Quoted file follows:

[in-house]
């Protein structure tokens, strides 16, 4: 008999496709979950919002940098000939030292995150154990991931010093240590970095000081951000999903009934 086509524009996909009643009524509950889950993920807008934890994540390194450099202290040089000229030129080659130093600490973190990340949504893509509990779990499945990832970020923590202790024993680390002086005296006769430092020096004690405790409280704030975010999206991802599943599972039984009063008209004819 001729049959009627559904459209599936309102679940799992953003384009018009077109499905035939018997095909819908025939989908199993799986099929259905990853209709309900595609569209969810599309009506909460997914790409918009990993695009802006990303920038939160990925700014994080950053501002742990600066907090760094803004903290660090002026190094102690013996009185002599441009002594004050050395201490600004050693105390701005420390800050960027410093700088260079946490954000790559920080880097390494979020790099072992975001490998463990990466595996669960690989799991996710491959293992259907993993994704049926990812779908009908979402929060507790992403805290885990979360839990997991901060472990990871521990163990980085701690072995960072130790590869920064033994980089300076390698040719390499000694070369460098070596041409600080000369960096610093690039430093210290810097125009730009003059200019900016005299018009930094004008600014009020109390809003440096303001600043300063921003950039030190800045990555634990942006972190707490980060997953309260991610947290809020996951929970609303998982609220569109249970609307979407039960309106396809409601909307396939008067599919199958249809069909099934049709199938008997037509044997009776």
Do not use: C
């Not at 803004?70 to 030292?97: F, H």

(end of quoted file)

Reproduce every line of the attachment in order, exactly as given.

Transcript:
[in-house]
């Protein structure tokens, strides 16, 4: 008999496709979950919002940098000939030292995150154990991931010093240590970095000081951000999903009934 086509524009996909009643009524509950889950993920807008934890994540390194450099202290040089000229030129080659130093600490973190990340949504893509509990779990499945990832970020923590202790024993680390002086005296006769430092020096004690405790409280704030975010999206991802599943599972039984009063008209004819 001729049959009627559904459209599936309102679940799992953003384009018009077109499905035939018997095909819908025939989908199993799986099929259905990853209709309900595609569209969810599309009506909460997914790409918009990993695009802006990303920038939160990925700014994080950053501002742990600066907090760094803004903290660090002026190094102690013996009185002599441009002594004050050395201490600004050693105390701005420390800050960027410093700088260079946490954000790559920080880097390494979020790099072992975001490998463990990466595996669960690989799991996710491959293992259907993993994704049926990812779908009908979402929060507790992403805290885990979360839990997991901060472990990871521990163990980085701690072995960072130790590869920064033994980089300076390698040719390499000694070369460098070596041409600080000369960096610093690039430093210290810097125009730009003059200019900016005299018009930094004008600014009020109390809003440096303001600043300063921003950039030190800045990555634990942006972190707490980060997953309260991610947290809020996951929970609303998982609220569109249970609307979407039960309106396809409601909307396939008067599919199958249809069909099934049709199938008997037509044997009776």
Do not use: C
């Not at 803004?70 to 030292?97: F, H």